Enter what we call the “Adult Bento Box.”

These beauties are inspired in part by the Japanese Bento Box, which has a little bit of everything. Although I love Japanese food (and other Asian cuisines as well), they’re not my favorite. But, there’s no reason the concept can’t be used for other flavors. My Bento Boxes are usually built on a leftover of some sort, be it a meat or a vegetable, and have small things added to them. I keep nuts, sundried tomatoes, and a small bit of a somewhat fancy cheese in the house just for these purposes. Herbs, green onions, and other veggies like carrots or fennel fronds also stick around to be added to these boxes to add flavor and texture.

For this week, I’m keeping my leftovers fresh by basing the Bento Boxes on a roasted fennel we made up on Saturday night. Monday’s Bento will have a Quinoa meatball in it, a few fresh cherry tomatoes, a handful of cashews, some chopped parsley, a boiled egg, a couple of dried cherries, and a couple of sundried tomatoes.

Meatballs, roasted fennel, and an egg ready to go for a lunch.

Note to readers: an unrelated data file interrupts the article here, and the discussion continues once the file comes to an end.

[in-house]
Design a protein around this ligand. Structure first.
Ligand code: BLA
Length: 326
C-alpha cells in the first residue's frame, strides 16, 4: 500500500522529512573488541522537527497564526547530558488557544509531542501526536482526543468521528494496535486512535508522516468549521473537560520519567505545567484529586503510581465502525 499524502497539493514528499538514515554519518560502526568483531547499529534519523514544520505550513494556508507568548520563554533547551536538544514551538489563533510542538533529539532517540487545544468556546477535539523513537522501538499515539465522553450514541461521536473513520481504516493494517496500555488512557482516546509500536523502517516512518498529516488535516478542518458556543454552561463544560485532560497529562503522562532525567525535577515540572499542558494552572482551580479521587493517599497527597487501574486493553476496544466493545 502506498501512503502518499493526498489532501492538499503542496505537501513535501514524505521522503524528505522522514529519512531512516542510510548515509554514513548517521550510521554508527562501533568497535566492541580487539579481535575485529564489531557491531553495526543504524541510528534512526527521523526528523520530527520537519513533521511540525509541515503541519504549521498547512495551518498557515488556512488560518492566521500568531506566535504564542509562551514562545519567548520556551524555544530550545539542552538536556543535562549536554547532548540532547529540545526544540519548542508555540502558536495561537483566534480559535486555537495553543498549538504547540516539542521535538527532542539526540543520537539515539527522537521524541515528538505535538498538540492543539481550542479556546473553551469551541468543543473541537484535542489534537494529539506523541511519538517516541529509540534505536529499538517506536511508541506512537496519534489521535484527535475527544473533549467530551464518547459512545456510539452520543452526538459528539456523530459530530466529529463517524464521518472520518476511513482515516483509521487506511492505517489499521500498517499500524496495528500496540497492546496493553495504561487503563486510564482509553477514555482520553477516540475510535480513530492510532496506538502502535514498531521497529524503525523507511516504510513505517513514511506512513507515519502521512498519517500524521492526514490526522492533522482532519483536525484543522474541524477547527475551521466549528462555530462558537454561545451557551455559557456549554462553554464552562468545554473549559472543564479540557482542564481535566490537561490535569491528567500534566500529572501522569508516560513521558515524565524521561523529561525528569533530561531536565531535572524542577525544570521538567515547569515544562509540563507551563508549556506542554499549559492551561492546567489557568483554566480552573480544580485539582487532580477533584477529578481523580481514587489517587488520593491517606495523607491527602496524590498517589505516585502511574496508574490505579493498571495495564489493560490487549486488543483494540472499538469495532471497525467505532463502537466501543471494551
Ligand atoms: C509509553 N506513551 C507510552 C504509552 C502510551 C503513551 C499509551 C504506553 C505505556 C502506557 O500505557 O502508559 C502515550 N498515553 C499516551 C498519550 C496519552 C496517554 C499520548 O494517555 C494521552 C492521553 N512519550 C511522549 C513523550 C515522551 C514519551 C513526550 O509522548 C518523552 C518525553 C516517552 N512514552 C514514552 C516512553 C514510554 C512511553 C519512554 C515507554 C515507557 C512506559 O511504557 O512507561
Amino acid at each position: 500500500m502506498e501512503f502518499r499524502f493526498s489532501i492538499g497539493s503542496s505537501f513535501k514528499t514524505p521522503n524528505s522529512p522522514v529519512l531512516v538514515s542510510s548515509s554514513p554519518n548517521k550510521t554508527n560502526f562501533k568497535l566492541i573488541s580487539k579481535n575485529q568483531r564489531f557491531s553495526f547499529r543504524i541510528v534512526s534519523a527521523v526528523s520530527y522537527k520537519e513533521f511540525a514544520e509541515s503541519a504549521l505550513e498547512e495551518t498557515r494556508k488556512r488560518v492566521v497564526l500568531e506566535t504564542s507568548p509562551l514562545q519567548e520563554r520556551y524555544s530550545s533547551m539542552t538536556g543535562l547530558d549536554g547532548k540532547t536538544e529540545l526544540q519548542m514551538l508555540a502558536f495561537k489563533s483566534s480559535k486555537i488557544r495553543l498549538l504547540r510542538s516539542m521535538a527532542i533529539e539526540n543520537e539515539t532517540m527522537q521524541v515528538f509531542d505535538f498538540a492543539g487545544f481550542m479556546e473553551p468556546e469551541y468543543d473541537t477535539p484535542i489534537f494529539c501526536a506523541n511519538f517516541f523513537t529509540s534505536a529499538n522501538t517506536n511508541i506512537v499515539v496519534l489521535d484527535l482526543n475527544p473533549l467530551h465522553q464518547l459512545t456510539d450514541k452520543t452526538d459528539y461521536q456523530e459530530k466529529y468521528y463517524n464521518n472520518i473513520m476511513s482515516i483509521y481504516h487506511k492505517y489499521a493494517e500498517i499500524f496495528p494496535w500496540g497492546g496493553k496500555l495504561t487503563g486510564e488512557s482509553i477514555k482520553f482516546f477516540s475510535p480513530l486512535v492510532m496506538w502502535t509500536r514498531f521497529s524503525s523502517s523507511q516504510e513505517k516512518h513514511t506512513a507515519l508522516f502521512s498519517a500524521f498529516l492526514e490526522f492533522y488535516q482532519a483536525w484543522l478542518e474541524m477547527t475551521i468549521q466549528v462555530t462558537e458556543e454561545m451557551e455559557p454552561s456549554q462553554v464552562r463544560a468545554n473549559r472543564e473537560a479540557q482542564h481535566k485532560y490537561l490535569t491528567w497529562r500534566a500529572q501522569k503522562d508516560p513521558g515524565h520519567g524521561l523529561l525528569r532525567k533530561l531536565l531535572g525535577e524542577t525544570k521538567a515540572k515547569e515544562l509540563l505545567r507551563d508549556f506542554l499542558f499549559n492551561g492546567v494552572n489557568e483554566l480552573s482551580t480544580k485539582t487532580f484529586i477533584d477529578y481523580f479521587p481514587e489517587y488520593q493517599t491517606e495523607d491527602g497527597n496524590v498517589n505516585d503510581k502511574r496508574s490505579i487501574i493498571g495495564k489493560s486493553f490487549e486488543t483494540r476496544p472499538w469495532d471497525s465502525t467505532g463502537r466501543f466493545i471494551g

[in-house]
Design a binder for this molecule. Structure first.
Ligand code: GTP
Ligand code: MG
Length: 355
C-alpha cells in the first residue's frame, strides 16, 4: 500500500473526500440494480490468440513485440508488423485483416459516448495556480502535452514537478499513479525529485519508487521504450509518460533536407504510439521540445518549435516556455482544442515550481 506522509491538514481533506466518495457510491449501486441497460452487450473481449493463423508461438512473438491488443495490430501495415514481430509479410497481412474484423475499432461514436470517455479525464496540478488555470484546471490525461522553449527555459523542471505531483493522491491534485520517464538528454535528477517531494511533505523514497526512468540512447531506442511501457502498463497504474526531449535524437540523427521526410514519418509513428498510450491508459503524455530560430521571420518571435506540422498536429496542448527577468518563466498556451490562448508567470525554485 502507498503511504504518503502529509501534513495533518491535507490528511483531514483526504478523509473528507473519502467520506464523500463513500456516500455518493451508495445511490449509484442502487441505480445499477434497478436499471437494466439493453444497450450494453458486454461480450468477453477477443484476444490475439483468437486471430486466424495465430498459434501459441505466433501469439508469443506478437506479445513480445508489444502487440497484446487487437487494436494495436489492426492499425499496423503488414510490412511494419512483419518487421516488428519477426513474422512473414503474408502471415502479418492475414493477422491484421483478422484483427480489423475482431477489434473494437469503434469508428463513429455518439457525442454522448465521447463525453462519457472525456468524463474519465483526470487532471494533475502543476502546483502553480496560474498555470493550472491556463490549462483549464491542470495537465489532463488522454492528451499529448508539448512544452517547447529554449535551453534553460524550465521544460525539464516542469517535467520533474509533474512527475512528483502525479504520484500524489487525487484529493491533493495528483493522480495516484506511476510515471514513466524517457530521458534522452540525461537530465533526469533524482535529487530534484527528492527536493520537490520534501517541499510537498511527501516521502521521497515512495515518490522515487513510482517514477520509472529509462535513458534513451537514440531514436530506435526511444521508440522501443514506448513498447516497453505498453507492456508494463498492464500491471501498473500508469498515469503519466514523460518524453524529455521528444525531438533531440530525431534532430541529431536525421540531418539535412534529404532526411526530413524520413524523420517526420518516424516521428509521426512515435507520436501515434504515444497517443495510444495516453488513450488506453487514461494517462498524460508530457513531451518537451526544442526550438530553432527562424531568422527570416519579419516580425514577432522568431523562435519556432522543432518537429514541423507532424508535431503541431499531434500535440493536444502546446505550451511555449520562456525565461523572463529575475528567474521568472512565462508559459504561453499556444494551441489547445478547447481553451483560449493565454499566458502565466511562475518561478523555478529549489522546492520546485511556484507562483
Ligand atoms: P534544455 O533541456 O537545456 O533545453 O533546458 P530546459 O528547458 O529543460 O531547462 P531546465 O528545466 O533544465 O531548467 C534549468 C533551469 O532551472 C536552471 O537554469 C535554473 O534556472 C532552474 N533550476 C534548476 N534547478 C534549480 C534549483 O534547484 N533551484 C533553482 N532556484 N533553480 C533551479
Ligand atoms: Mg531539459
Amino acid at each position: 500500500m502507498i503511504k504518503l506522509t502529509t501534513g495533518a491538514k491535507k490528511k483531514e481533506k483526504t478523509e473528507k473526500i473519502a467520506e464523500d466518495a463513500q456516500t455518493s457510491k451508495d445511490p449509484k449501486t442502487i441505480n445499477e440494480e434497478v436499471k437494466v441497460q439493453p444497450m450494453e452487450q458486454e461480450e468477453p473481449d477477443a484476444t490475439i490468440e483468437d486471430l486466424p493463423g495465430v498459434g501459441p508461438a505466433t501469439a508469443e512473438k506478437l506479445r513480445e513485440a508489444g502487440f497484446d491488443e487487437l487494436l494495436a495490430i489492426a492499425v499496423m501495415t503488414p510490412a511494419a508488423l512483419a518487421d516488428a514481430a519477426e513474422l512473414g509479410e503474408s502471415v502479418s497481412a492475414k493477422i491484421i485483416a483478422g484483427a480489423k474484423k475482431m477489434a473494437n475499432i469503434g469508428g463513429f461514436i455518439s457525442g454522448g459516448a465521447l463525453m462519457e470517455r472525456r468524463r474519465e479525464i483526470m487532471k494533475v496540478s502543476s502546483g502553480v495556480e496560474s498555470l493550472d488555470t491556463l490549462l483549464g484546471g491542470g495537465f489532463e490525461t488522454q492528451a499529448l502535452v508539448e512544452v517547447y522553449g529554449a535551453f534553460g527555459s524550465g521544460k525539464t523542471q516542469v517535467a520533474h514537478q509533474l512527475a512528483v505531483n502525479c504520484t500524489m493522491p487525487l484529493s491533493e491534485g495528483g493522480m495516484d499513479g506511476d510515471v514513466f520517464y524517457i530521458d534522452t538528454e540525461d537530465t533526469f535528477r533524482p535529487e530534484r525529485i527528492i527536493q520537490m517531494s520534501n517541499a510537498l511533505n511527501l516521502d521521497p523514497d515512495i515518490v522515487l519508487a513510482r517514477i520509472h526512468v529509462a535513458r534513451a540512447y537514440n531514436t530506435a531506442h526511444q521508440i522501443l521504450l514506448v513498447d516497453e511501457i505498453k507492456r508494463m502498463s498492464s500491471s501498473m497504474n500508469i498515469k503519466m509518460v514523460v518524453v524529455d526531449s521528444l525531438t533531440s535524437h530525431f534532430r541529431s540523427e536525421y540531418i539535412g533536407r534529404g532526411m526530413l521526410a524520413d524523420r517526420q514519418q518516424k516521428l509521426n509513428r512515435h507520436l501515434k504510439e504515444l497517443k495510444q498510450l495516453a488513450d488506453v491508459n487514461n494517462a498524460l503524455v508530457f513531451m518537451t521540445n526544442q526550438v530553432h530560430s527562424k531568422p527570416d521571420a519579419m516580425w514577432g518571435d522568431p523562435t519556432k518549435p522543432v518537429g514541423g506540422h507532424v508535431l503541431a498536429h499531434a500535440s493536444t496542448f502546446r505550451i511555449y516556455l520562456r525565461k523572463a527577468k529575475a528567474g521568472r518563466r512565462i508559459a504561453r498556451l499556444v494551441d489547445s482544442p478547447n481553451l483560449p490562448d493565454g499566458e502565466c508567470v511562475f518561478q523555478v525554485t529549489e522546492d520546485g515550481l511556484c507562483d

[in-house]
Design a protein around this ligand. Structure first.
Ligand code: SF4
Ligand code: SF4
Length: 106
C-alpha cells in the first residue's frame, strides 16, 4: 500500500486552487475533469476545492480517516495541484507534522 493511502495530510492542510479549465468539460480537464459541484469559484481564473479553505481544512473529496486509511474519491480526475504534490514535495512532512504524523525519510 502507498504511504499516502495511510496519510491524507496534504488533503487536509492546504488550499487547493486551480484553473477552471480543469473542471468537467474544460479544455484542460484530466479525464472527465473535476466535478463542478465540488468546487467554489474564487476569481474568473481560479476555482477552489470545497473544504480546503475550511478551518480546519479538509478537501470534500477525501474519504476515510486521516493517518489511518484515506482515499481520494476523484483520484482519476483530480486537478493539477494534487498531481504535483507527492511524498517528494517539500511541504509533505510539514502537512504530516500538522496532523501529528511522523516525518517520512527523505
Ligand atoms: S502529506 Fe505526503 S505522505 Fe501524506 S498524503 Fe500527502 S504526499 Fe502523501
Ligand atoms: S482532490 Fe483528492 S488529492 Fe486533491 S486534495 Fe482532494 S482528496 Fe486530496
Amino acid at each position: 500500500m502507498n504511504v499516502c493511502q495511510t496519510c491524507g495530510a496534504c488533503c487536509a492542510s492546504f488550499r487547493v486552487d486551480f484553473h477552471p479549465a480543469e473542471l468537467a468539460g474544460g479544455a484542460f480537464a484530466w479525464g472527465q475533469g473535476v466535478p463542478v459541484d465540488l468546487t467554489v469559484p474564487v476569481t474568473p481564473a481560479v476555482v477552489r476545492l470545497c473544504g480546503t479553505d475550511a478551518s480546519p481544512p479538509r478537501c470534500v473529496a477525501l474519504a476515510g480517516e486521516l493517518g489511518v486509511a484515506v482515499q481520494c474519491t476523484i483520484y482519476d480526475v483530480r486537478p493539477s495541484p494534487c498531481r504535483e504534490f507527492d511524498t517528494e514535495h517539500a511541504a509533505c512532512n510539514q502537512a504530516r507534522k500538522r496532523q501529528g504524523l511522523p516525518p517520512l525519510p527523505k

Meatballs, roasted fennel, and an egg ready to go for a lunch.

My meal plan this week includes a roasted eggplant salad tonight followed by some spinach dumplings tomorrow night. These, along with an egg, the fennel, and some pantry items, will be used to keep my Bento Boxes fresh all week long. With just a little bit of effort, leftovers are made new and fresh all week long, and I get a lunch full of wholesome, real food easily prepped the night before or even a few days in advance.

Jalapenos in Fish Sauce

Sometimes, it’s the simple things in life that really just make things better. Years ago, we lived next door to a gentleman who taught us to finely slice or chop jalapenos and put them in fish sauce. The jalapenos can be pulled out and put on top of food to spice it up. Since they’ve sat in the fish sauce, they mellow out and bring a level of umami to the party they don’t have otherwise. The Fish Sauce itself can also be used sprinkled over rice (or anything else) or added to a recipe that calls for Fish Sauce.